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GAMER: Heartbreaking Ricochet Goal Downs Ducks 2-1 in St Louis

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After a night of decent back and forth chances, the eventual game-winning goal bounced off the boards, off Andersen's skate and in.

Jasen Vinlove-USA TODAY Sports

Tape-to-tape. That's how passes should be in order to maximize efficiency and minimize turnover risk.

Maybe it's just me but this season Anaheim looks allergic to tape, especially during passing attempts.

From the early goings of the game the Ducks just didn't look like they were gelling very well with so many passes catching linemates unaware, or worse, the puck was passed behind or into the feet of the intended recipient. However, despite the perpetual plague of poor passing, Anaheim looked like they were willing to fight for the two points to start the uphill battle in the standings.

The team looked like they were trying to help goaltender Frederik Andersen get his first win of the season, as at the first intermission, the Ducks lead the Blues in shots on goal 12-10 as well as a 6-3 lead in blocked shots.

The second period started off strong with Hampus Lindholm scoring a gritty power play goal, tallying his second goal of the year just past the 2:30 mark into the middle frame. Assists were given to Corey Perry and Kevin Bieksa in the opening goal of the night. Yet the elation was be cut short, with none other than Vladimir Tarasenko holding the scissors and doing said cutting.

Anaheim got caught attempting an all-in offensive play with blue liner Cam Fowler jumping up into the attack alongside the three forwards in a scoring attempt that was ultimately thwarted by a pass into the skates. Meanwhile second defenseman Korbinian Holzer returned to the bench to replace a broken stick, leaving two Blues skaters alone in the neutral zone. St. Louis managed a tape-to-tape breakout pass leaving Andersen completely alone, and after a short give-and-go, Tarasenko snapped a flawless one-timer hitting nothing but net.

Before the midway mark of the second period, Chris Wagner fell victim to a hard hit by veteran Steve Ott, who stuck around for a few extra seconds which caught the attention of surrounding Anaheim players including Holzer and Patrick Maroon, who, after a confusingly dogpile-esque scrap, both end up in the penalty box while only one penalty is assessed to the Blues.

I'd like to take this opportunity and say that it's nice to see that Anaheim does have some physical spark still. The team has not been physically wearing out opponents like they did so much last season through always finishing checks and making the gritty plays work, but when one of their own gets a little extra roughed up while down on the ice, these guys will spring to action and attempt to defend their own. Now if only they could play the rest of the game with that sort of passion and fire.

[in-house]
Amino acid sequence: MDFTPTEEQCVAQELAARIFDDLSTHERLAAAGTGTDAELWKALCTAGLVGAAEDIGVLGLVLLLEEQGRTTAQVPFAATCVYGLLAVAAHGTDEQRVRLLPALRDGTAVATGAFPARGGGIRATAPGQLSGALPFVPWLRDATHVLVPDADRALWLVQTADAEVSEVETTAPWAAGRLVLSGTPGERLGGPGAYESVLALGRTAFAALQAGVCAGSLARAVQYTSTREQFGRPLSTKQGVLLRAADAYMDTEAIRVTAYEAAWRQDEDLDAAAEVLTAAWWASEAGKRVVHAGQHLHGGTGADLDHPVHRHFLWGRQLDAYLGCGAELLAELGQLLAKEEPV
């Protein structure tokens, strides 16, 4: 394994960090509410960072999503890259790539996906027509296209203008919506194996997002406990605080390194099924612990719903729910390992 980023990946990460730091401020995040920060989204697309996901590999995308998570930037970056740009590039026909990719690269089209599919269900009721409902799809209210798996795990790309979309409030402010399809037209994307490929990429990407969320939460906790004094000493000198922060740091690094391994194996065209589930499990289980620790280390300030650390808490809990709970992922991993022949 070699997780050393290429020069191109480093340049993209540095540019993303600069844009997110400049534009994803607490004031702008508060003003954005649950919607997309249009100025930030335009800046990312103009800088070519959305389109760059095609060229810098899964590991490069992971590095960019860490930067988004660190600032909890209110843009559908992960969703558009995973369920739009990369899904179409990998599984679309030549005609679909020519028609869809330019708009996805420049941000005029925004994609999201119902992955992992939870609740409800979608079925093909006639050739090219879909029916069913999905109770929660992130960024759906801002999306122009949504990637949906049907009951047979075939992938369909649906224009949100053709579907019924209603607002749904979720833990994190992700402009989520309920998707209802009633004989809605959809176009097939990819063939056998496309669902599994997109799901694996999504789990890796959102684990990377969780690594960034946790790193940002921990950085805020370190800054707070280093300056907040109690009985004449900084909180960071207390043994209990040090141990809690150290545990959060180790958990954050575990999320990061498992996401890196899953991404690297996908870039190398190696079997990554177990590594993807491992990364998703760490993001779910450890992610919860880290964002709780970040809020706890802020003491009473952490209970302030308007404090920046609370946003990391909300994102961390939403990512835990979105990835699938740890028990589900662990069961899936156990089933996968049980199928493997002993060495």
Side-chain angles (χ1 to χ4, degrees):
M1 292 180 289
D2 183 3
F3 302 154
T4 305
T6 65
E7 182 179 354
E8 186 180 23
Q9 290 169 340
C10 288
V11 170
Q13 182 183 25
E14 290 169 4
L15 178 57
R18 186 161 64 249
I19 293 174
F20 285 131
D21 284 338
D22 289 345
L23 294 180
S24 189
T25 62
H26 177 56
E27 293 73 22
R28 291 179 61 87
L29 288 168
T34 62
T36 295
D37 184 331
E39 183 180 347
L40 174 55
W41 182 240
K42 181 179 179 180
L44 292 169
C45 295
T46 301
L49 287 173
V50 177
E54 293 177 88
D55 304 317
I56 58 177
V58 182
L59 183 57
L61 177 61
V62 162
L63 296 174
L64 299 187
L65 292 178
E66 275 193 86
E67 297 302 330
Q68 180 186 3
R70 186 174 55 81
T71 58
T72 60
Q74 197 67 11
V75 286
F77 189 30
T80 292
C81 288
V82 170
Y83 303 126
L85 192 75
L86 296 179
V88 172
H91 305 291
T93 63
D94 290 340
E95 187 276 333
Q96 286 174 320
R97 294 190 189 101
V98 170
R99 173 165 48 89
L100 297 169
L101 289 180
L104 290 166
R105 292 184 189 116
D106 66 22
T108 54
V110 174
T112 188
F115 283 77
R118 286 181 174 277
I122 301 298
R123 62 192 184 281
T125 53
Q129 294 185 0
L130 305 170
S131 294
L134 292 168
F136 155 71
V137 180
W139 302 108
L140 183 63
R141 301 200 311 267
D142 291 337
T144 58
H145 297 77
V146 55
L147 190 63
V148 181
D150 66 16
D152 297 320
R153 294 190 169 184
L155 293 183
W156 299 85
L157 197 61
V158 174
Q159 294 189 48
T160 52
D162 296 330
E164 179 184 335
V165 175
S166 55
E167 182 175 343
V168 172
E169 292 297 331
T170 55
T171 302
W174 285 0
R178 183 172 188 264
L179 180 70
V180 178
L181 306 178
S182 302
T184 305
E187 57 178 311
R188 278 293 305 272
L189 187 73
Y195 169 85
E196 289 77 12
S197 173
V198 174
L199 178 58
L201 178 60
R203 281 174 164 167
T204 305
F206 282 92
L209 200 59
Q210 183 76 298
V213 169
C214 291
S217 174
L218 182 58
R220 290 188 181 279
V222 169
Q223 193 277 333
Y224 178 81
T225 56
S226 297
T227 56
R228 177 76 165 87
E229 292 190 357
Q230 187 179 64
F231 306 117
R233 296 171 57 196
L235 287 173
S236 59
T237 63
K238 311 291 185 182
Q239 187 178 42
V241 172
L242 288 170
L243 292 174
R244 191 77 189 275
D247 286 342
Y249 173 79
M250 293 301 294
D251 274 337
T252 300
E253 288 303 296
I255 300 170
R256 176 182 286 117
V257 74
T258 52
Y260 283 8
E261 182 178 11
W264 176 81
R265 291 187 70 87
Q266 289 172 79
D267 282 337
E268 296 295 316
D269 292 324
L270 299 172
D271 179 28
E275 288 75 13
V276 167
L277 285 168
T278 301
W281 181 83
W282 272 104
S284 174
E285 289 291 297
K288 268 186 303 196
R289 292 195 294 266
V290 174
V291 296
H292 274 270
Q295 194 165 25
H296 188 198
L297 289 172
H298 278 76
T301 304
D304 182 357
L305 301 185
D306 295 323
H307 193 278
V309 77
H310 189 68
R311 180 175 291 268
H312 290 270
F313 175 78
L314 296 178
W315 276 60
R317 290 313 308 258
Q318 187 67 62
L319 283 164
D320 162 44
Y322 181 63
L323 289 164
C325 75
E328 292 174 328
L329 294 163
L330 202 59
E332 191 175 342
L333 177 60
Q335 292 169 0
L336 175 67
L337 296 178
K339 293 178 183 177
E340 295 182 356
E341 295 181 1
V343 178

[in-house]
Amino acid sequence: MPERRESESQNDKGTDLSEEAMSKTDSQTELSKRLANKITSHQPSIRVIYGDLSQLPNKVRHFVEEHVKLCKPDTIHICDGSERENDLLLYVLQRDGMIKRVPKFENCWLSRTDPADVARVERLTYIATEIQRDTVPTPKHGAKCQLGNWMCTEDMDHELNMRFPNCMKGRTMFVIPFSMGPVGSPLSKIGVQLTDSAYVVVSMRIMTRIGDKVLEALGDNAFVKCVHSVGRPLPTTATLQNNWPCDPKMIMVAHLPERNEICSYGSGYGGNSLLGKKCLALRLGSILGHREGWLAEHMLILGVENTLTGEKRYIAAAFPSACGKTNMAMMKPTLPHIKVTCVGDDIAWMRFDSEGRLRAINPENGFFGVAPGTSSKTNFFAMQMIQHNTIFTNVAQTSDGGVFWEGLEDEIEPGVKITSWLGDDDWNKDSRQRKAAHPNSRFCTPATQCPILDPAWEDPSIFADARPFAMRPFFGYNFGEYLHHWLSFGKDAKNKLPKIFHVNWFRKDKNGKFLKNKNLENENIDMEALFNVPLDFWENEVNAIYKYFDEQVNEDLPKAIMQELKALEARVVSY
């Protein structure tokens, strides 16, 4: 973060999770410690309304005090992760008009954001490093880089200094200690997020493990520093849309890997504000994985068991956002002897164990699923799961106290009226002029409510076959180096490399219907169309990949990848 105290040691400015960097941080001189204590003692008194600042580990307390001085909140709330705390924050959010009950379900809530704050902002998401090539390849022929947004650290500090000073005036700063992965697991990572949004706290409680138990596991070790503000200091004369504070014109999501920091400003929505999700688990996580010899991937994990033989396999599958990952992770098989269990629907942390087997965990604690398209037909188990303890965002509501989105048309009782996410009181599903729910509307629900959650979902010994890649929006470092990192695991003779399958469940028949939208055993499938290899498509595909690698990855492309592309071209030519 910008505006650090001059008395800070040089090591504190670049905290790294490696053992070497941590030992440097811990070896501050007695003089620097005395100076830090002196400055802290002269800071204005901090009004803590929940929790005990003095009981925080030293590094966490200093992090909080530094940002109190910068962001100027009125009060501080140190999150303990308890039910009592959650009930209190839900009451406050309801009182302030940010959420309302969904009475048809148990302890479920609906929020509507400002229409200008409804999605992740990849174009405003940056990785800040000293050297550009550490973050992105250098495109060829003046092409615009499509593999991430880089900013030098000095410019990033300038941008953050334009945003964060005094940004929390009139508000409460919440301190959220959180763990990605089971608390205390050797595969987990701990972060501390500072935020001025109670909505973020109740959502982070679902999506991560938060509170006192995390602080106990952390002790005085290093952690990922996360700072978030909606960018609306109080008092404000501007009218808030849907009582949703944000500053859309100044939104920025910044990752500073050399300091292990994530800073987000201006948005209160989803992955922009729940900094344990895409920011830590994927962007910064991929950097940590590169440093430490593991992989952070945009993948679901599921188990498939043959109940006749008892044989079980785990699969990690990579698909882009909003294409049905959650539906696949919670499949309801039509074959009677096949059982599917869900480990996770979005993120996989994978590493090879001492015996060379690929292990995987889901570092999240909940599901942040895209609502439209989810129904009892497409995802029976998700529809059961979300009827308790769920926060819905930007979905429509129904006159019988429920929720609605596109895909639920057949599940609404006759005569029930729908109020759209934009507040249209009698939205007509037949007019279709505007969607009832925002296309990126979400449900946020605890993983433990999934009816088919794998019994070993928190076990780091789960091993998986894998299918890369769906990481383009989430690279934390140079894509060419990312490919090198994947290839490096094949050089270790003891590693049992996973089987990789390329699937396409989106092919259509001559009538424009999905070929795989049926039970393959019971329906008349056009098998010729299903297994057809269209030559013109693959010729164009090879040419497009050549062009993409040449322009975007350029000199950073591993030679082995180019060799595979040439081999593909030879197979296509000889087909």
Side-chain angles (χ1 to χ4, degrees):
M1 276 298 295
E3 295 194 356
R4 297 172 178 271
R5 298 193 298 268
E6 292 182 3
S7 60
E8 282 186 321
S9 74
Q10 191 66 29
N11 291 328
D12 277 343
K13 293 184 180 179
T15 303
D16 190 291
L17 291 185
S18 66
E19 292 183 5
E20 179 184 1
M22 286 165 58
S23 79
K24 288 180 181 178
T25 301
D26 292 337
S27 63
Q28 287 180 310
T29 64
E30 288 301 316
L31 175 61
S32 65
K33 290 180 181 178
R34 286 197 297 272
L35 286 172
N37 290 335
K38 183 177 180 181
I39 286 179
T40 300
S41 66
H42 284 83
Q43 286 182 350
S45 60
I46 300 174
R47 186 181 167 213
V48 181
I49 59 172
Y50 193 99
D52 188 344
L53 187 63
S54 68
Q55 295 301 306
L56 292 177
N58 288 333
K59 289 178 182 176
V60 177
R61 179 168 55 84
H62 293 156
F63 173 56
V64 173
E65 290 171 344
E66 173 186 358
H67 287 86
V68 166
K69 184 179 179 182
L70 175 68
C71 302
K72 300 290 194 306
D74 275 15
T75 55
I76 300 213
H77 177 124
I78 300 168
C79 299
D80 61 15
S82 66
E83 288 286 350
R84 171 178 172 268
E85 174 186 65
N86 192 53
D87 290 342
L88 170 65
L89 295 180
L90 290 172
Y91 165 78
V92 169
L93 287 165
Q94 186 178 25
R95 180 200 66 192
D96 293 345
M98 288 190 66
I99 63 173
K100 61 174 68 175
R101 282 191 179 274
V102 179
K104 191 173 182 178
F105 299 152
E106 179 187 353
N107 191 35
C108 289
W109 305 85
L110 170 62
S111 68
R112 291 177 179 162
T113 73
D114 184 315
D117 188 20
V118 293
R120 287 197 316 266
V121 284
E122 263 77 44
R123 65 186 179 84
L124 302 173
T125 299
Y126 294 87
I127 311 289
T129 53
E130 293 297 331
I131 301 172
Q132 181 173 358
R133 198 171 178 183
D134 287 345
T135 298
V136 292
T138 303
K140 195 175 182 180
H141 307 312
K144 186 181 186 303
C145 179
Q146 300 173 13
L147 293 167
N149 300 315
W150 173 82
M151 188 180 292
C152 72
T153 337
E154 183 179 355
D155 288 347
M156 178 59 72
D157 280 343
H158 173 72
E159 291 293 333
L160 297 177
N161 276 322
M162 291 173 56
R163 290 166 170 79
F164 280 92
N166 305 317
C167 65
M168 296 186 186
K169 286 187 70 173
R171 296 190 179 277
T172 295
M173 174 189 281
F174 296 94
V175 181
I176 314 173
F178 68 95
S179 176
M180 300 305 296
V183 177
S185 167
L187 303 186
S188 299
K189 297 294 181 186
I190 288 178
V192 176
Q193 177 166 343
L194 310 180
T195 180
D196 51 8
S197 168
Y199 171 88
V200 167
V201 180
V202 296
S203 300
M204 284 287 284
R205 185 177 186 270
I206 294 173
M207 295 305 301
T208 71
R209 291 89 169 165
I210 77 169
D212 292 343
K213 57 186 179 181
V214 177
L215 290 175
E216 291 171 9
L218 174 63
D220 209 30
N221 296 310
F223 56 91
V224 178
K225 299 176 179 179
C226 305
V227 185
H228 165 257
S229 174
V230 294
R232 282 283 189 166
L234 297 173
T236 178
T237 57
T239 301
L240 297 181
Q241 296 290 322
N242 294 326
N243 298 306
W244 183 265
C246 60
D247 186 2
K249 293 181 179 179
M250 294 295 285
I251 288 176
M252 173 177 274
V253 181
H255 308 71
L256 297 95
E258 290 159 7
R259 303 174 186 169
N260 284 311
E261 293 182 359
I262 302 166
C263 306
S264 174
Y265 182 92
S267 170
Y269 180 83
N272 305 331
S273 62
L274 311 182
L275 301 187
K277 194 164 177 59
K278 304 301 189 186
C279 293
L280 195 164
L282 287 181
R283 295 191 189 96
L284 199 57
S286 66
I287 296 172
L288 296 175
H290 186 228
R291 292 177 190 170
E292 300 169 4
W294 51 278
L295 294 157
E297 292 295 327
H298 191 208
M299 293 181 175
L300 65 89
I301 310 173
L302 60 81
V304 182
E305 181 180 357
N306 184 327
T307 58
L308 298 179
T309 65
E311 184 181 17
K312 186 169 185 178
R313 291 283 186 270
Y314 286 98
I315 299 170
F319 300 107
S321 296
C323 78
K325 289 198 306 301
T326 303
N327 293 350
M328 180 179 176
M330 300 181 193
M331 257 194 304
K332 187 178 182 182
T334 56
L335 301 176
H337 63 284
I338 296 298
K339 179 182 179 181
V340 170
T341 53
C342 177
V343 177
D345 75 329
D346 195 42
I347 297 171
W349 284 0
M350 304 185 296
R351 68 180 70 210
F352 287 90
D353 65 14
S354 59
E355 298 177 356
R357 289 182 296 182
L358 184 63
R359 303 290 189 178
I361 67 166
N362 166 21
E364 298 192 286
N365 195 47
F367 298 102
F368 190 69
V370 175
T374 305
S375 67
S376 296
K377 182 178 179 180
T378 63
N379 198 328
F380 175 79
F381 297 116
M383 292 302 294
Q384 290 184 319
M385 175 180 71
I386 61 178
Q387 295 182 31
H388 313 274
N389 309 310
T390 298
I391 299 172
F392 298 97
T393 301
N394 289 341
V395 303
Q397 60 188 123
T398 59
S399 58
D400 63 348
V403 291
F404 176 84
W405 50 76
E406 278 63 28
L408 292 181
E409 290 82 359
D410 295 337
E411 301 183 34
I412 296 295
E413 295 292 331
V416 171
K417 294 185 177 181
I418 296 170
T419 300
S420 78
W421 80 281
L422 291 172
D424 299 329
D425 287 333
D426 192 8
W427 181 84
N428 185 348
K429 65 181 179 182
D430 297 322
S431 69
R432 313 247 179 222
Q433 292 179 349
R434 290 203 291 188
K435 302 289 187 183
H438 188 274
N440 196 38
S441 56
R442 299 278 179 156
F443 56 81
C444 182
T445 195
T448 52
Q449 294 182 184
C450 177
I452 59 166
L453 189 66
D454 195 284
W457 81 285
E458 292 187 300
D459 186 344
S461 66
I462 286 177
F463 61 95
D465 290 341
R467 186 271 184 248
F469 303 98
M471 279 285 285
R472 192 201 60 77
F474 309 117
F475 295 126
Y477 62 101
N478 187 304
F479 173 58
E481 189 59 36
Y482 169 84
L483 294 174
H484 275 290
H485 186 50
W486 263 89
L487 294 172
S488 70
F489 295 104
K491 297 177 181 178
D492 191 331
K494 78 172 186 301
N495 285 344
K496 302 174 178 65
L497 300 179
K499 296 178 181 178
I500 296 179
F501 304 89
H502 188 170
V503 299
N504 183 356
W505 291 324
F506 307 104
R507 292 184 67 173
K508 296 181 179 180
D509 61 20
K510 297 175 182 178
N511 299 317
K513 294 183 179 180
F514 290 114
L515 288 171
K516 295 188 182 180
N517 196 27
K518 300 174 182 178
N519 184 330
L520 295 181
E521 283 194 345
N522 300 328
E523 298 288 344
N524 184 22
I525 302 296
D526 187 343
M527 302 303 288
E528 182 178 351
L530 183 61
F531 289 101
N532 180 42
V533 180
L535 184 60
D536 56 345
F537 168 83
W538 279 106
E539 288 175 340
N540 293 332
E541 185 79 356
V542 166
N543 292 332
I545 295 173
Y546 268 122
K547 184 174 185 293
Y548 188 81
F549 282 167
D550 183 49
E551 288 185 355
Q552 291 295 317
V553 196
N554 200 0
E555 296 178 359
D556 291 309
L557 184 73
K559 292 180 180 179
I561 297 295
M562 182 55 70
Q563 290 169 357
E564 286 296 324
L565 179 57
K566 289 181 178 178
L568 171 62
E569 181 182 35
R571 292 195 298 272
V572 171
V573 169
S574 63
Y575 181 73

Before the second period came to a close, Shawn Horcoff ended up delivering a highlight-reel hit when he flat out bulldozed Tarasenko, which sparked some serious tempers in shifts to follow. Ott and Perry ended up dropping the gloves for a mediocre fight with each player landing a couple solid punches, but Perry was assessed an extra two minute minor for the play before the mitts were shed. Anaheim managed to kill off another penalty, keeping the score tied at one after two periods.

Aside from one penalty assessed to each team, the only other mark seen on the scoreboard during the third period is a St. Louis goal by Colton Parayko just over the halfway mark of the closing frame. Parayko simply threw the puck into the general vicinity of the net, however the puck proceeded to bounce off the boards, hit Andersen's skate redirecting it into the open net behind him.

The scoreboard ticked down to the 0:00 mark, closing out regulation with the score of 2-1 holding strong giving Anaheim yet another regulation loss, and keeping the St. Louis Blues undefeated in their home arena.

Of the two goalies, Freddie clearly had the better night, stopping 32 of 34 shots, and had one of those shots not been partially made of flubber and bounced all over the place and eventually into the net, that goal might not have even registered as a shot on net. In the opposite crease Allen made 22 saves on 23 shots, with the lone goal against coming on an Anaheim power play. Meanwhile, Anaheim's penalty kill held the Blues scoreless on five power play opportunities, limiting them to only four power play shots on goal.

Alas, Anaheim's painful road trip through Central Division teams comes to a very necessary conclusion with the Ducks returning home to host the Nashville Predators on Sunday evening at Honda Center.